Deploying a Control Plane on ECS and Fargate

Run a Control Plane on AWS using Elastic Container Service (ECS) and Fargate, to set up your Private Locations and run load generators in your own AWS network

AWS Elastic Container Service (ECS) is a managed container orchestration service available on AWS. In this example:

  • we use Amazon ECS to configure a service to run the Gatling Control Plane
  • ECS runs our Docker containers on the AWS Fargate infrastructure
  • the Control Plane configuration file is loaded from an AWS S3 bucket

This is only an example. You could, for instance, use ECS to run containers on Amazon EC2, or mount the configuration file from Amazon EFS.

S3 bucket

In the AWS management console, from the Services menu, open S3 (or search for “S3” in the search bar). Click Create bucket.

Choose a name for the bucket, and the region where it will be stored.

Configure other options as preferred. If in doubt, keep “ACLs disabled” and “Block all public access”; we will need to allow access to the bucket with a policy.

Click Create bucket.

Configuring the S3 bucket

You can then upload your Control Plane configuration file to the bucket.

IAM role

We need an IAM role which will allow an ECS task to:

  • download the Control Plane’s configuration file stored in an S3 bucket
  • spawn new load generators on EC2 when running a simulation

In the AWS management console, from the Services menu, open IAM (or search for “IAM” in the search bar). Click on Access management > Roles, and then on Create role.

Choose the “AWS service” entity type, and the “Elastic Container Service Task” use case, then click Next.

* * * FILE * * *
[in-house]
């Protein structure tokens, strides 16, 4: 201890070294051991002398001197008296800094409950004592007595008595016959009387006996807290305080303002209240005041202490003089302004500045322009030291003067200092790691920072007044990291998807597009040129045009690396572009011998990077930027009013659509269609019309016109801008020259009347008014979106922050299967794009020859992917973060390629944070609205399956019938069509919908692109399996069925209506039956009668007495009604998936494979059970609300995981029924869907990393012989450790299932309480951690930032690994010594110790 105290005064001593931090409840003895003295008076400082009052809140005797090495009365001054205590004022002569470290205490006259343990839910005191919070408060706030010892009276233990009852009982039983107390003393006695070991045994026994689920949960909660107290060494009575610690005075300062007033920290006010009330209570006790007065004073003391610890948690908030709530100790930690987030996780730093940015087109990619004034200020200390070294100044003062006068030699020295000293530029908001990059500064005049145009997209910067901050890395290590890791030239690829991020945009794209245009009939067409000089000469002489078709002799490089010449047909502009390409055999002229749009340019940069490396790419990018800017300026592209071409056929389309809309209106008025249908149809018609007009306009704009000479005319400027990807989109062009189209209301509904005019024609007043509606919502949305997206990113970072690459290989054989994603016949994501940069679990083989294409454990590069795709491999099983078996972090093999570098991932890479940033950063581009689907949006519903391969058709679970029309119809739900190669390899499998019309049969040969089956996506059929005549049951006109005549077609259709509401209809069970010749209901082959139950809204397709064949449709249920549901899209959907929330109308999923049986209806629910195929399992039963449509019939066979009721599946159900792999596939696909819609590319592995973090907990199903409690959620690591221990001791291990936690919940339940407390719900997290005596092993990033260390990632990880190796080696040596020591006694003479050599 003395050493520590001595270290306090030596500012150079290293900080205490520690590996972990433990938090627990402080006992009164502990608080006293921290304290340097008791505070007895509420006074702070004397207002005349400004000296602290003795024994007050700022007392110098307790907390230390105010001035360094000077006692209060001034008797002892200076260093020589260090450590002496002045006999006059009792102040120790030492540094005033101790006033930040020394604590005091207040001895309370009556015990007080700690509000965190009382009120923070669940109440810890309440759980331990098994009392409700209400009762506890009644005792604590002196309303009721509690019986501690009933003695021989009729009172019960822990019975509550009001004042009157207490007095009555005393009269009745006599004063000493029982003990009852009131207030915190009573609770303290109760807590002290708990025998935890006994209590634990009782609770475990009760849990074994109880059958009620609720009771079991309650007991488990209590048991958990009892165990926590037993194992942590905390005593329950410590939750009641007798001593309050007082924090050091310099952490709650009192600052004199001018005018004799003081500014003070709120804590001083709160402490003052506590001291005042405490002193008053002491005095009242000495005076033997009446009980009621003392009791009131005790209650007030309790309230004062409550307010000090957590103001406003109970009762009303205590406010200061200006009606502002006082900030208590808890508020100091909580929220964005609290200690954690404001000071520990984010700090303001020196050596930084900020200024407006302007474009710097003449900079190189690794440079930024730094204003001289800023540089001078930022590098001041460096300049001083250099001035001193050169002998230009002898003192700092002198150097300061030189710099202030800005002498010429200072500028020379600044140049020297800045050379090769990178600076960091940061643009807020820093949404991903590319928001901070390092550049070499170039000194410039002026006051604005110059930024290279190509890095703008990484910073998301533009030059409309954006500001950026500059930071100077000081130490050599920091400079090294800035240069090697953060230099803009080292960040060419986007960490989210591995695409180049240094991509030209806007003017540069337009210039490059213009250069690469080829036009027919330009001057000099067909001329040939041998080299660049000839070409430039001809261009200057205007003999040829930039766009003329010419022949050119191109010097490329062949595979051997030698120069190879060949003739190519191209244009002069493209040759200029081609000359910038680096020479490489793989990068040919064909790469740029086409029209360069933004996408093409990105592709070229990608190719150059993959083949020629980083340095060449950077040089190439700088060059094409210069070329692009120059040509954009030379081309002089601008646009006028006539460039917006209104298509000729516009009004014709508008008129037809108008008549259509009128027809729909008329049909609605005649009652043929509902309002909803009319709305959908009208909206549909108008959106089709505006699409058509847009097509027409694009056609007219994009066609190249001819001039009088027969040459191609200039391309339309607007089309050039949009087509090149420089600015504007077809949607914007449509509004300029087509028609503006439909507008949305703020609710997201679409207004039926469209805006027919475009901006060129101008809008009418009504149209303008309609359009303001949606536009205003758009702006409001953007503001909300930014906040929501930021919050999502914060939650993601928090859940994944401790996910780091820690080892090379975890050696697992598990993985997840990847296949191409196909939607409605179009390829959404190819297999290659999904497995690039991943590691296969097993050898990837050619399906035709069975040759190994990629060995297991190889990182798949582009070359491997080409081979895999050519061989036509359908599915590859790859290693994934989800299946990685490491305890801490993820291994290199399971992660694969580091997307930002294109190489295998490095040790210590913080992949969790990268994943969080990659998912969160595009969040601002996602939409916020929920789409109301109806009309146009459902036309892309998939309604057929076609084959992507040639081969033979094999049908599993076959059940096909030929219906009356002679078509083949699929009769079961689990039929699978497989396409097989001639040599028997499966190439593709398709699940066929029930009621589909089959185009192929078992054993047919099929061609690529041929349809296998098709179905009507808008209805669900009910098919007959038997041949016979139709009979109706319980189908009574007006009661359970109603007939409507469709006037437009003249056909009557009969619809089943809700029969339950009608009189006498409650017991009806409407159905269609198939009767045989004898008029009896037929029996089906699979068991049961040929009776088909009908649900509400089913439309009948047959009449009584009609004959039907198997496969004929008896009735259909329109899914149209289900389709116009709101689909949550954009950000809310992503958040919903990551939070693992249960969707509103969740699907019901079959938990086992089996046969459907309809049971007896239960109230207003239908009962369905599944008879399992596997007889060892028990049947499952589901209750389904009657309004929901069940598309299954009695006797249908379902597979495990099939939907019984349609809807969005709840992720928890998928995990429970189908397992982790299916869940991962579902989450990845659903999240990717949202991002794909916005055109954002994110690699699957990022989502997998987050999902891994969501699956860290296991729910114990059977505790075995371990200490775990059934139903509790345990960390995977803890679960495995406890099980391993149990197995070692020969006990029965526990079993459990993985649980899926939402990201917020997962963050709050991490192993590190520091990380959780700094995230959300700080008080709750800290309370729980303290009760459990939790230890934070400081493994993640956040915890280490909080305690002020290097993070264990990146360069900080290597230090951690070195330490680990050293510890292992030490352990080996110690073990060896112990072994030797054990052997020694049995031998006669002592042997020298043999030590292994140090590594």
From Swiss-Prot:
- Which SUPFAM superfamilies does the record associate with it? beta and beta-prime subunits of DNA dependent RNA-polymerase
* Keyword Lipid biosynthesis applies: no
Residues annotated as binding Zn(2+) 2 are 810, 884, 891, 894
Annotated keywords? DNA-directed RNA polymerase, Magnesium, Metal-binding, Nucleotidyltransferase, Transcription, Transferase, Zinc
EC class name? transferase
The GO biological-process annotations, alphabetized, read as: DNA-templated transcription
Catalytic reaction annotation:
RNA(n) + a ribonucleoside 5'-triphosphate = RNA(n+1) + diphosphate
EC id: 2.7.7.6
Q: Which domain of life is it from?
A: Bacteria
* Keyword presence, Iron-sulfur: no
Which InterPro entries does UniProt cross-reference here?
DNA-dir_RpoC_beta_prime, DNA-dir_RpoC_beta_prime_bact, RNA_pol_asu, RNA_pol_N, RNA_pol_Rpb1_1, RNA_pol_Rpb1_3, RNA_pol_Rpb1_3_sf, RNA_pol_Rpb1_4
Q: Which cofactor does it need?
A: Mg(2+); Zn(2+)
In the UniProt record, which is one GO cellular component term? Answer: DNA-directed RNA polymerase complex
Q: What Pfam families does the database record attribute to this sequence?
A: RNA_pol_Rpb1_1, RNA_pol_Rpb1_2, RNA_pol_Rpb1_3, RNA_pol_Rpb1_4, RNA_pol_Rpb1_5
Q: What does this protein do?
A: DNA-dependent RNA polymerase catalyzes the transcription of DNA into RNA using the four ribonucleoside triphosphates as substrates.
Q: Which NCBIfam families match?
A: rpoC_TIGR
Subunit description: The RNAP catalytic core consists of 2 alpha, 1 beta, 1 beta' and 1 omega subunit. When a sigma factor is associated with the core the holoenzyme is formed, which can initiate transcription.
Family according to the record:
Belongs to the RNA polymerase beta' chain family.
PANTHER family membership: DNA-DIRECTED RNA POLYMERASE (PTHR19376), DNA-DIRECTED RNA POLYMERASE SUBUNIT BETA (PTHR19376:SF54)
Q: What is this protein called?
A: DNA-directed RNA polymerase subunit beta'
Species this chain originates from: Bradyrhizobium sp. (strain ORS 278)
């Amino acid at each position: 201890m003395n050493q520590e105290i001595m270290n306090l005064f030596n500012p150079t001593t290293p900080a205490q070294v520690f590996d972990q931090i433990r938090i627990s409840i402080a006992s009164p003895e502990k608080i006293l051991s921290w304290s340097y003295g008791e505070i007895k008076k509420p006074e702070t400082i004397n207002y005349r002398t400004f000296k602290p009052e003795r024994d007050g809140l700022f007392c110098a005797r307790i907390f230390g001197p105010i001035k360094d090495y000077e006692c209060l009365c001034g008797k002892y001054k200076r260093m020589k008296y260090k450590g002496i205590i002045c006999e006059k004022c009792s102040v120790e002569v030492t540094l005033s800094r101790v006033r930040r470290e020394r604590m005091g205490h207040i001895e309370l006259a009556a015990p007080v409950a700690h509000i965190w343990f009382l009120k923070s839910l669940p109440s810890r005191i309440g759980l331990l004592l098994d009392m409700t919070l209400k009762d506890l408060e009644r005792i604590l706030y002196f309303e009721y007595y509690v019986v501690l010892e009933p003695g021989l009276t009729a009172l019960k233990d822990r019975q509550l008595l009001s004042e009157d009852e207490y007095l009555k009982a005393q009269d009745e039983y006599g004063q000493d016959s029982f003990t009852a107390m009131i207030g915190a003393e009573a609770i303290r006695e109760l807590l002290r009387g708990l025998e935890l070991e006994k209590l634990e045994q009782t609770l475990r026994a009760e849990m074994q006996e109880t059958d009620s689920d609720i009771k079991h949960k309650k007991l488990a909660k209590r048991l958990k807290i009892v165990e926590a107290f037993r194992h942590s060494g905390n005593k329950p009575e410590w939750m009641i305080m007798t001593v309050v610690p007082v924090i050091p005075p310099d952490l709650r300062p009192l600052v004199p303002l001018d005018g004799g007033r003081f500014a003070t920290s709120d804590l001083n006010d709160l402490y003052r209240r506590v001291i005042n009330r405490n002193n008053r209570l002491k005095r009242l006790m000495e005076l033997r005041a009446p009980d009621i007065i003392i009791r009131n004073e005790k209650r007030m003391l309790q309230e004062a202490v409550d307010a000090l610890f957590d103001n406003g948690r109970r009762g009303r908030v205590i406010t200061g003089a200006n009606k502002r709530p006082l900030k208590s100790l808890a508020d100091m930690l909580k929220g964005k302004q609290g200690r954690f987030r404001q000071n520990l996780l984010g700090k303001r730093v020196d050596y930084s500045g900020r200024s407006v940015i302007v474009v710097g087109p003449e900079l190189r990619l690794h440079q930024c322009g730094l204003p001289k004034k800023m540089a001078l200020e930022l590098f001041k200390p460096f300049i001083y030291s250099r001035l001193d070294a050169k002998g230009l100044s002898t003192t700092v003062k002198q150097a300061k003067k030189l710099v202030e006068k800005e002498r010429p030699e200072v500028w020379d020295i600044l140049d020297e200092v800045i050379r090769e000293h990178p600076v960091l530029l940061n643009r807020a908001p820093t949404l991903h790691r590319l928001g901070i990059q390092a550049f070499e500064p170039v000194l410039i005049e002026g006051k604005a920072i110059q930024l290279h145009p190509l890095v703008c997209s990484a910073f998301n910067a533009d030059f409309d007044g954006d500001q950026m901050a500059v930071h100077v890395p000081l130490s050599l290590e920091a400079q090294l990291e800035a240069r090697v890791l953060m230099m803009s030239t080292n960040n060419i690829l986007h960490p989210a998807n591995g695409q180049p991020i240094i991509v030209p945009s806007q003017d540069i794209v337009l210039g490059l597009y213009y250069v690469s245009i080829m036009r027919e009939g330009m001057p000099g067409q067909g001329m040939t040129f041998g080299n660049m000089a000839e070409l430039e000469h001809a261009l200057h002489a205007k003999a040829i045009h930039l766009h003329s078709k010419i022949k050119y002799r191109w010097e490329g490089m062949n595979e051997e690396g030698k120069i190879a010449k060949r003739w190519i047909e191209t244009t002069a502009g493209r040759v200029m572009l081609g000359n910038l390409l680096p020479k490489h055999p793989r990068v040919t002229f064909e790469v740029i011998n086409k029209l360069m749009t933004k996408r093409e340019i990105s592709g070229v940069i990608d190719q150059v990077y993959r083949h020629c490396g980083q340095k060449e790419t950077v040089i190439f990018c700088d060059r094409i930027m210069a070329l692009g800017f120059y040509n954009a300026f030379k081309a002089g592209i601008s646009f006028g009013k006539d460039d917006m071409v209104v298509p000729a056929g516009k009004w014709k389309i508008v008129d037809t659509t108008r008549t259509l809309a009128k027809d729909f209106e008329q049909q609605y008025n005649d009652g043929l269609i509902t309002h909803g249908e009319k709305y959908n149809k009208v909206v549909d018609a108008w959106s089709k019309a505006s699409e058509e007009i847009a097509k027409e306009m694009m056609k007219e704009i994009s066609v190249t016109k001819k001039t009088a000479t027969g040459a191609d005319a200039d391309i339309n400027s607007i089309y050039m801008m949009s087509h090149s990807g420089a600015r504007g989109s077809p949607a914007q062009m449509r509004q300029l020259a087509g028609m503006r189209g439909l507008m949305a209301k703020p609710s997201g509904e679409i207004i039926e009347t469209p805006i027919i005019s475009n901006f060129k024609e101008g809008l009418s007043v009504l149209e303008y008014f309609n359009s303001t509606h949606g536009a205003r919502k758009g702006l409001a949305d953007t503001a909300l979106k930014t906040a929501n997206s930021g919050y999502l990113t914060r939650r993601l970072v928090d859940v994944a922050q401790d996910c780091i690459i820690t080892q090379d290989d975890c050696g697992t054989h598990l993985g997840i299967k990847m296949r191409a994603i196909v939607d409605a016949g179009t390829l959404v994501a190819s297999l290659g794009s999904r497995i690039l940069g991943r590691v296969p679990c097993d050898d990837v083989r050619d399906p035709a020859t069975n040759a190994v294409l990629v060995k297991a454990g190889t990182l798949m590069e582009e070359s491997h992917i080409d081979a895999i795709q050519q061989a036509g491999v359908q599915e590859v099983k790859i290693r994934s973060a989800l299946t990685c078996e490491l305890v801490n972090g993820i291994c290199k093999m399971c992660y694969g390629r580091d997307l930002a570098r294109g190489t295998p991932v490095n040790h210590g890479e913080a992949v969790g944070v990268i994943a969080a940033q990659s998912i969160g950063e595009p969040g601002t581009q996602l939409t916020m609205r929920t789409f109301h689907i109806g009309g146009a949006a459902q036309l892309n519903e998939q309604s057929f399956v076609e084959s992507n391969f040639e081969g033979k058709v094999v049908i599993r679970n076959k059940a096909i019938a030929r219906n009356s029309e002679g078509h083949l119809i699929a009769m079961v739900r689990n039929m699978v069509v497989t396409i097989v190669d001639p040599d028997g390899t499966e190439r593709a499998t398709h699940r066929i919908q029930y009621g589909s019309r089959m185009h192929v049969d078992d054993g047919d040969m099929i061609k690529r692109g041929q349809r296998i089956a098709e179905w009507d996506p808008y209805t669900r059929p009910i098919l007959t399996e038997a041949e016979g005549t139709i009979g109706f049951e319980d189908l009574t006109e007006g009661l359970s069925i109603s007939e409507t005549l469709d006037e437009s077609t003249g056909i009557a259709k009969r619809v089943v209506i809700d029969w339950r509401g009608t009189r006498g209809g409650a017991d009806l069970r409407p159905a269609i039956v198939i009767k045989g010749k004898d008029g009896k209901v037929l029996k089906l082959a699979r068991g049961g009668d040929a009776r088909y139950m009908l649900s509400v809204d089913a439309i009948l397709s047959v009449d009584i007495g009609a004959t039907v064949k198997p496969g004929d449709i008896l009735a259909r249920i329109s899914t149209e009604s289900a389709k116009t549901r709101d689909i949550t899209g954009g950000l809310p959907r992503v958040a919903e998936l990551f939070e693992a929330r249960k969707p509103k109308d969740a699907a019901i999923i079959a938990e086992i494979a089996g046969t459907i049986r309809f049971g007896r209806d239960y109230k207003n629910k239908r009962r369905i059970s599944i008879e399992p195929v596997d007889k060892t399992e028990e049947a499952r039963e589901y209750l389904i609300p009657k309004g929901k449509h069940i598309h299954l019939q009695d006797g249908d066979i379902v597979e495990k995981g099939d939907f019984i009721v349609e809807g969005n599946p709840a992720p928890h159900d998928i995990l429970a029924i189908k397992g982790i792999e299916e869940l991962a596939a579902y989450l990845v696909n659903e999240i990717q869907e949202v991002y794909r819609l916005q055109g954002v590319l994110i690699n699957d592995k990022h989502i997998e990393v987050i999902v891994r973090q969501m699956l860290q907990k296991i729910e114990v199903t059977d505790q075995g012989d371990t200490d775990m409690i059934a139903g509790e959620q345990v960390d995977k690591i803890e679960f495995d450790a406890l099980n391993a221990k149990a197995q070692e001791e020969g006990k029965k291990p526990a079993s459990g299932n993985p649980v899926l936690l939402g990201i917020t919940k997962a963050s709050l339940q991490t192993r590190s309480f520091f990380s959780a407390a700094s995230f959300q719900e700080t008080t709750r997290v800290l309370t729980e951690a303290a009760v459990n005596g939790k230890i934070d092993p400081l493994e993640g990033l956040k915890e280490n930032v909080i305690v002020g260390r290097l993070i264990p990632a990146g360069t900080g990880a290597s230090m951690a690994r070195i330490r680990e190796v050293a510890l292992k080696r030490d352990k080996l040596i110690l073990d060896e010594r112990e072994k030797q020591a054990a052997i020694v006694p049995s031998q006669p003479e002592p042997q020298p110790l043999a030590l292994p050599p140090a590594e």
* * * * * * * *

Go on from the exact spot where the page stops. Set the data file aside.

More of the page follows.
Choosing to create an IAM role for an Elastic Container Service Task use case

Select the policies:

  • AmazonS3ReadOnlyAccess (or you can create a custom policy based on this one, to only allow access to the specific S3 bucket where you stored the Control Plane configuration)
  • You can use AmazonEC2FullAccess for testing, but you will most likely want to create a more restrictive policy with only the privileges needed to spawn load generator instances on EC2:
{
  "Version": "2012-10-17",
  "Statement": [
    {
      "Action": [
        "ec2:Describe*",
        "ec2:CreateTags",
        "ec2:RunInstances"
      ],
      "Effect": "Allow",
      "Resource": "*"
    }
  ]
}

If you have configured an IAM instance profile in the Control plane configuration file (with the optional key iam-instance-profile), you also need to add the Actions: "iam:GetInstanceProfile", "iam:ListInstanceProfiles", and "iam:PassRole".

Then click Next.

Enter a name for the role. Add a description and tags if you want. Click on Create role.

Reviewing the IAM role to create

ECS cluster

In the AWS management console, from the Services menu, open Elastic Container Service (or search for “ECS” in the search bar). Click on Create Cluster. To run your containers on Fargate, choose a Networking Only cluster.

Choosing a Networking Only cluster template

Then enter a cluster name (and any custom tags you may want) and click on Create.

Configuring the cluster name and tags

ECS Task definition

In the AWS management console, from the Services menu, open Elastic Container Service (or search for “ECS” in the search bar). Click on Amazon ECS > Task Definitions, then on Create new Task Definition.

Select the “Fargate” launch type compatibility and click on Next step.

Choosing the Fargate launch type compatibility

Configure:

  • Task definition name: a name of your choice for this task definition
  • Task role: the IAM role we created earlier
  • Operating system family: Linux
  • Task execution role: the ecsTaskExecutionRole automatically created by AWS (or an equivalent custom role)
  • Task size: the minimum values (0.5 GB of RAM and 0.25 vCPU) should be enough